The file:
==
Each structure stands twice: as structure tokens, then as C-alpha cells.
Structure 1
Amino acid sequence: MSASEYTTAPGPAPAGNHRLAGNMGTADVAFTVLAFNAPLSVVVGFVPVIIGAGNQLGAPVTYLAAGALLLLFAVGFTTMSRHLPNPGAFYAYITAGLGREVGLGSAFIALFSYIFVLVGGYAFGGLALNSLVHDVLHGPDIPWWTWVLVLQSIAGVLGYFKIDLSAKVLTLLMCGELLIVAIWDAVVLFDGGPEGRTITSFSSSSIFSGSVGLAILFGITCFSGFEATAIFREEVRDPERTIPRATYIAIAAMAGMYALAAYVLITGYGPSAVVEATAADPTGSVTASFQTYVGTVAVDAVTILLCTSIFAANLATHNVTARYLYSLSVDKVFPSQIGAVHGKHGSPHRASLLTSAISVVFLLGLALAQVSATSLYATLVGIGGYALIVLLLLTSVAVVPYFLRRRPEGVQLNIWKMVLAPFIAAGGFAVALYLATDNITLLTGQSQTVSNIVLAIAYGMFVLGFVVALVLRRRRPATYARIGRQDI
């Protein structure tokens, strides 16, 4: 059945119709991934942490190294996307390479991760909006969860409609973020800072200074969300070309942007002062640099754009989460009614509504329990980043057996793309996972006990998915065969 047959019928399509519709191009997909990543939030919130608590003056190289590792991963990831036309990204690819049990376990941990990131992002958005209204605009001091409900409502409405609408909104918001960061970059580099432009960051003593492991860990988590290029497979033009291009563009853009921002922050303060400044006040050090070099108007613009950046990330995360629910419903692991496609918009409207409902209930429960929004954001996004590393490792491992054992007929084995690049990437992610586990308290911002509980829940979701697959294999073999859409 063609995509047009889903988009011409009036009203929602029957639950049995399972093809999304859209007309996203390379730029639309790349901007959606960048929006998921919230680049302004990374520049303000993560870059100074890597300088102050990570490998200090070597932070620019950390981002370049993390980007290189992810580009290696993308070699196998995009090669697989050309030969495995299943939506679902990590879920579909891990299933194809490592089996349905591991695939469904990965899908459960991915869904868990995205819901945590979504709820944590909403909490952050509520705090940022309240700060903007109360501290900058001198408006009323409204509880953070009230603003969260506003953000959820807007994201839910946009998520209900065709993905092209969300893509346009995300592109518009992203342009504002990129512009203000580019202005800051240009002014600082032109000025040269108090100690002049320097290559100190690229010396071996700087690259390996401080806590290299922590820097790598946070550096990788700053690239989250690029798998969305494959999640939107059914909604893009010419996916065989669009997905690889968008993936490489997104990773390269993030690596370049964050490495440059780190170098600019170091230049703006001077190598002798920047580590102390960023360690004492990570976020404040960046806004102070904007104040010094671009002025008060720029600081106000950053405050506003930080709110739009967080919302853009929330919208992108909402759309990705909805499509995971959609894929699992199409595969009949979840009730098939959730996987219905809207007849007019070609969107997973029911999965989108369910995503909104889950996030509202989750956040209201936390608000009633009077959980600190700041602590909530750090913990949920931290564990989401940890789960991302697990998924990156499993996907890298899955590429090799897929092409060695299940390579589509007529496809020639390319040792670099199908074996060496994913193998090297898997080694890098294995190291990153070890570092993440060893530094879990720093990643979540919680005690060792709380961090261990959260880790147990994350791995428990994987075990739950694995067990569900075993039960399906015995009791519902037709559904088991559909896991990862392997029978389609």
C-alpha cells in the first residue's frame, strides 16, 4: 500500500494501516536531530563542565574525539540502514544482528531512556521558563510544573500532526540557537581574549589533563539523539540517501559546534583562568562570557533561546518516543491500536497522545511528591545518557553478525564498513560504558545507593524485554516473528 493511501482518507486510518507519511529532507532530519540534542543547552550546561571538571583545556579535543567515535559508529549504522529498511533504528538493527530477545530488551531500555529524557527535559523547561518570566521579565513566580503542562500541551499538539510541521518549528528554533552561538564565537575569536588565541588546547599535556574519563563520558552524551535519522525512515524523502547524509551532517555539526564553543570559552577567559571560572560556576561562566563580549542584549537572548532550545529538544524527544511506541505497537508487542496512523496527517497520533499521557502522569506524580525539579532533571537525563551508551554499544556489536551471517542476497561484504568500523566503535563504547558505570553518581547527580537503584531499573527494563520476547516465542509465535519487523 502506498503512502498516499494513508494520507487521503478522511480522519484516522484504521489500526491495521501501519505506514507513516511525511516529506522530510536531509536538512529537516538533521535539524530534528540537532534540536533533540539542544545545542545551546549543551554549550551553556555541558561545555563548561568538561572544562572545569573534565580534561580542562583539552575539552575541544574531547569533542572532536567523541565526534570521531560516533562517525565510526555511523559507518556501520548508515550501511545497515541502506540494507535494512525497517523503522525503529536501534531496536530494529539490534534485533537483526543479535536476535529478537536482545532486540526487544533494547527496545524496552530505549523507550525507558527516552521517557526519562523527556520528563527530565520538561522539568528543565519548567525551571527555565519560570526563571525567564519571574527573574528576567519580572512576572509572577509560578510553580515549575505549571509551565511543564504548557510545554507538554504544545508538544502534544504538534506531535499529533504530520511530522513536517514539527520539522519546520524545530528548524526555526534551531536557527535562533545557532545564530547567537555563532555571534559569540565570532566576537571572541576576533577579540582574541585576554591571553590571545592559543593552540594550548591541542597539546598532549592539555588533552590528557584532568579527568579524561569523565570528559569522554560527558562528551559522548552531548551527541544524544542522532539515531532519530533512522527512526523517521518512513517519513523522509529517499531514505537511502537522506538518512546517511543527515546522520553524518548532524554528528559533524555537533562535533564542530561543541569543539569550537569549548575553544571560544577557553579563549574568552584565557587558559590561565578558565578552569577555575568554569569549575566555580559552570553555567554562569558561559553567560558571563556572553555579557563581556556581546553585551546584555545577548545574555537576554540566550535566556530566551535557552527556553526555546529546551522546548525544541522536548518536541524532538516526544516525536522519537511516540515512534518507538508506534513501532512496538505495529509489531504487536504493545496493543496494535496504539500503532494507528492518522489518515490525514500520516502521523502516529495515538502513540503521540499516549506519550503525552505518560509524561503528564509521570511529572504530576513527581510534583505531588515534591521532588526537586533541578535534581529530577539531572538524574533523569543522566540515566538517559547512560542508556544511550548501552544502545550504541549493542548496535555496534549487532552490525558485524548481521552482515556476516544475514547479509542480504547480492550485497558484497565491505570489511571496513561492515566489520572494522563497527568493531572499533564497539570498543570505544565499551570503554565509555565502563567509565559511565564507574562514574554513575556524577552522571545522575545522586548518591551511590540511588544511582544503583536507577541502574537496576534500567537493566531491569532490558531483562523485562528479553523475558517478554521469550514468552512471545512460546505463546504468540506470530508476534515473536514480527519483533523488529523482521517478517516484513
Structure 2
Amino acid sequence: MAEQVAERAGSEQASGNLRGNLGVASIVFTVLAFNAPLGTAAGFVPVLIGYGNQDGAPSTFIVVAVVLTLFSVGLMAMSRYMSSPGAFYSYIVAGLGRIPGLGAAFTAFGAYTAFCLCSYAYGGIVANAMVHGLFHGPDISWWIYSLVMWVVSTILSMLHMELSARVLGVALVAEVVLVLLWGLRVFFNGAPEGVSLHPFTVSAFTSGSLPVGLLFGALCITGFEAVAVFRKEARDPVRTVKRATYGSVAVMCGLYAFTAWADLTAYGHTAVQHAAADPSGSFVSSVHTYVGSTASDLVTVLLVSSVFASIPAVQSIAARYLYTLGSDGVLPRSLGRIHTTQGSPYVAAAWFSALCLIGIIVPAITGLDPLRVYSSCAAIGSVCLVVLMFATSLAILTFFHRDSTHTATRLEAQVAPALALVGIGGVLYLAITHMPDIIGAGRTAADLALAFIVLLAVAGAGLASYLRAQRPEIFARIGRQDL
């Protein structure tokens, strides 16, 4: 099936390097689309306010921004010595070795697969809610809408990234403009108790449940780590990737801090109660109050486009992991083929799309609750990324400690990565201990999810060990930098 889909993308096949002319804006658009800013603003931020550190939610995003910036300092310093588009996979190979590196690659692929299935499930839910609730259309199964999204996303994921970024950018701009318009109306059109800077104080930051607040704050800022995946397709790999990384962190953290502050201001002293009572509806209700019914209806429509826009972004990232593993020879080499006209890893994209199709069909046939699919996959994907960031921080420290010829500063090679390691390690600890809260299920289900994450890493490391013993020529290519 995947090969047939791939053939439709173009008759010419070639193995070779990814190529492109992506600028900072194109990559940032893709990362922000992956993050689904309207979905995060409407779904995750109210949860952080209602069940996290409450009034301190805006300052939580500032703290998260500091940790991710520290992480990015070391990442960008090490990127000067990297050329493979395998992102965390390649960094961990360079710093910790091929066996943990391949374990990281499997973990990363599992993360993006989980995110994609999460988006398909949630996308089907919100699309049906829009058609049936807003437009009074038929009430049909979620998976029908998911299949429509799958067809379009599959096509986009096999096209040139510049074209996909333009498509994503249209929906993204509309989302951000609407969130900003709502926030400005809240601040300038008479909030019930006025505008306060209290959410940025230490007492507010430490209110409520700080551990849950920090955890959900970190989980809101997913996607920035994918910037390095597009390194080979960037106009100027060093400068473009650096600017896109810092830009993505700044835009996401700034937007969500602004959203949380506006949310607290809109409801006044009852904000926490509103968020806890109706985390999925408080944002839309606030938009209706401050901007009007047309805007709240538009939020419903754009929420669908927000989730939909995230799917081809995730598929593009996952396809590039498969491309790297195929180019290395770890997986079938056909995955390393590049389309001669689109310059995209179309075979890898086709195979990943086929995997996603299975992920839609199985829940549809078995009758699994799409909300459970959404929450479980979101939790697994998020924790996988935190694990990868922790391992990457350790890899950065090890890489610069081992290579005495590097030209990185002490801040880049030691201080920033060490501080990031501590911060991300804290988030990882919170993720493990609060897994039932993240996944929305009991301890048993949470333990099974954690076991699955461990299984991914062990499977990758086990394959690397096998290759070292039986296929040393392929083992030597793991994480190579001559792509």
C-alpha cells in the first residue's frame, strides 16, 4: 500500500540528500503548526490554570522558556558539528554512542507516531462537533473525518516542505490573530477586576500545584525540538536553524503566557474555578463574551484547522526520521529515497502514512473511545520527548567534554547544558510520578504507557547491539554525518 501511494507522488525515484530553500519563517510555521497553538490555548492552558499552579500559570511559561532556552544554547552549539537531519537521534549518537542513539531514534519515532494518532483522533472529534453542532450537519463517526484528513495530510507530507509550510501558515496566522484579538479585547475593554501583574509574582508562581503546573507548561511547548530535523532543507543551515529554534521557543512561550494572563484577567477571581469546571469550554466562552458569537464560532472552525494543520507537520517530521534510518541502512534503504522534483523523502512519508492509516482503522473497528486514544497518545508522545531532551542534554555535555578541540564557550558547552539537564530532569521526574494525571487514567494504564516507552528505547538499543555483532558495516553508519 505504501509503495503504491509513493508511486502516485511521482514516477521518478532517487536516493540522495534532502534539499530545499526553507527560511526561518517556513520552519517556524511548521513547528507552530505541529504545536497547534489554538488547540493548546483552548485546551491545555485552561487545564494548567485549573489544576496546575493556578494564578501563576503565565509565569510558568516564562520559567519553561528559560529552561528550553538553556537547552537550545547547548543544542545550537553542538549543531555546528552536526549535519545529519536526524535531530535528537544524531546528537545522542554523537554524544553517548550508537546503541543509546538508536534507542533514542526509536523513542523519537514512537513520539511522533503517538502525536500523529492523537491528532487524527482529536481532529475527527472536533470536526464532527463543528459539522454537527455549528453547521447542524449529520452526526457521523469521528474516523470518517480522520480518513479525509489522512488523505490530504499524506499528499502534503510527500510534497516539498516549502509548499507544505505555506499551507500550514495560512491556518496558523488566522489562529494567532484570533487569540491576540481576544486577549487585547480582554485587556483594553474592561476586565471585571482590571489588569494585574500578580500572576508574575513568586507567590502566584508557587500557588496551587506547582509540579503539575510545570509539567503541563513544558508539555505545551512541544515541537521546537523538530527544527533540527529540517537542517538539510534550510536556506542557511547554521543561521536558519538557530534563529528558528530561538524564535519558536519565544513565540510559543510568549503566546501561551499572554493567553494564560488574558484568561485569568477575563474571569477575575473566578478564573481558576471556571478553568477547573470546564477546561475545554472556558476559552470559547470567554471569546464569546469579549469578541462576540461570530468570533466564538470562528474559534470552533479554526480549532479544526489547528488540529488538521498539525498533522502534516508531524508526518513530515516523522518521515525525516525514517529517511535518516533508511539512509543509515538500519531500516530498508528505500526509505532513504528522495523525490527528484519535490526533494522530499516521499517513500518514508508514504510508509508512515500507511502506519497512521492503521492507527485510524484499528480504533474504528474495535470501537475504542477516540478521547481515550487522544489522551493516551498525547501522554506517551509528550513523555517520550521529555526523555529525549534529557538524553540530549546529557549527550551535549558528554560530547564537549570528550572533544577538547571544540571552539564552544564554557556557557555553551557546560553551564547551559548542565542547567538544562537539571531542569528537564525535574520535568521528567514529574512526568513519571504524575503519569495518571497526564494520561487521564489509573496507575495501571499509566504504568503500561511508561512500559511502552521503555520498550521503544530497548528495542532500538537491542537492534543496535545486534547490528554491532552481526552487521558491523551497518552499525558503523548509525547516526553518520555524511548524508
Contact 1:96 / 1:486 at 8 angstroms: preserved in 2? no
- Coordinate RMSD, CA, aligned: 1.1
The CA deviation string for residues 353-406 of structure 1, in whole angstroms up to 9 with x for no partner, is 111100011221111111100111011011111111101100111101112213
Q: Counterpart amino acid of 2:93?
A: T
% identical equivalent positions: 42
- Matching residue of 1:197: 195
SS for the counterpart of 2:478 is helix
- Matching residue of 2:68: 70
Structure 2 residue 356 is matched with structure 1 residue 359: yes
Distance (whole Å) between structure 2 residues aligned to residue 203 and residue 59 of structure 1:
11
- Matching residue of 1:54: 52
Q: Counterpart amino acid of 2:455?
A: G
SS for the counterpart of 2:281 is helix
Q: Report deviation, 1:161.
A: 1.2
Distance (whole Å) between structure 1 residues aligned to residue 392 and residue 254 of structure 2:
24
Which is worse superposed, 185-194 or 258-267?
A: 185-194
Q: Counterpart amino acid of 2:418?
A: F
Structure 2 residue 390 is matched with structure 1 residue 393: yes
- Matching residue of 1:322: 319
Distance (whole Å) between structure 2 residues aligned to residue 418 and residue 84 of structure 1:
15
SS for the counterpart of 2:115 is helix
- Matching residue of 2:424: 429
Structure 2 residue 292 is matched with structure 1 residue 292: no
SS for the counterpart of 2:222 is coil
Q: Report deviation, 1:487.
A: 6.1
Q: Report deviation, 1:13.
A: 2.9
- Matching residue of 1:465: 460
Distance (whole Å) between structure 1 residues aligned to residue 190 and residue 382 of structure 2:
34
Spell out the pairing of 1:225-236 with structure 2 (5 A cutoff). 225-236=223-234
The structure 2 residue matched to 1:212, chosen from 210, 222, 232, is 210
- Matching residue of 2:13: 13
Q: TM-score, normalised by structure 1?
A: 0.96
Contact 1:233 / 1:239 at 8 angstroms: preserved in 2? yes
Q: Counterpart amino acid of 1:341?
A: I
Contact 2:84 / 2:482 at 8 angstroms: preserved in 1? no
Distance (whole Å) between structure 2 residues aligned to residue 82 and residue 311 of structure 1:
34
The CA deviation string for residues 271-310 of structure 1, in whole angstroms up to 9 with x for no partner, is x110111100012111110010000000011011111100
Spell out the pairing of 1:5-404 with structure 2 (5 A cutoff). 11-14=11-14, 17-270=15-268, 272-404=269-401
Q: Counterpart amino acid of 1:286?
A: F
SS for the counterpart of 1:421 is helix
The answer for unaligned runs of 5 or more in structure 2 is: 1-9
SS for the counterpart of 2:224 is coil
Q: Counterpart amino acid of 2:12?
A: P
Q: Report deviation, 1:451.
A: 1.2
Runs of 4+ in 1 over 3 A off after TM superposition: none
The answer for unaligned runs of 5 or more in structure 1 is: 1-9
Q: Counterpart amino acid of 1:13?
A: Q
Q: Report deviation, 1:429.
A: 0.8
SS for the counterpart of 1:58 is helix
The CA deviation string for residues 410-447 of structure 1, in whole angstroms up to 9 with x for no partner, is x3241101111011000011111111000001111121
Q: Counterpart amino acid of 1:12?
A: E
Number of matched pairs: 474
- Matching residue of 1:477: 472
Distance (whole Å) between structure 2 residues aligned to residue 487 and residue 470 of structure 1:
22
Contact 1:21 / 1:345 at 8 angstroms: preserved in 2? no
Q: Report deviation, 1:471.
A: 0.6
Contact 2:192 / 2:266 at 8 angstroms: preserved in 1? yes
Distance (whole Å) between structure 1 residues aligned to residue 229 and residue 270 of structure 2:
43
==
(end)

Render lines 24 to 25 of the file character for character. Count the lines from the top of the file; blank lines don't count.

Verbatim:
A: G
SS for the counterpart of 2:281 is helix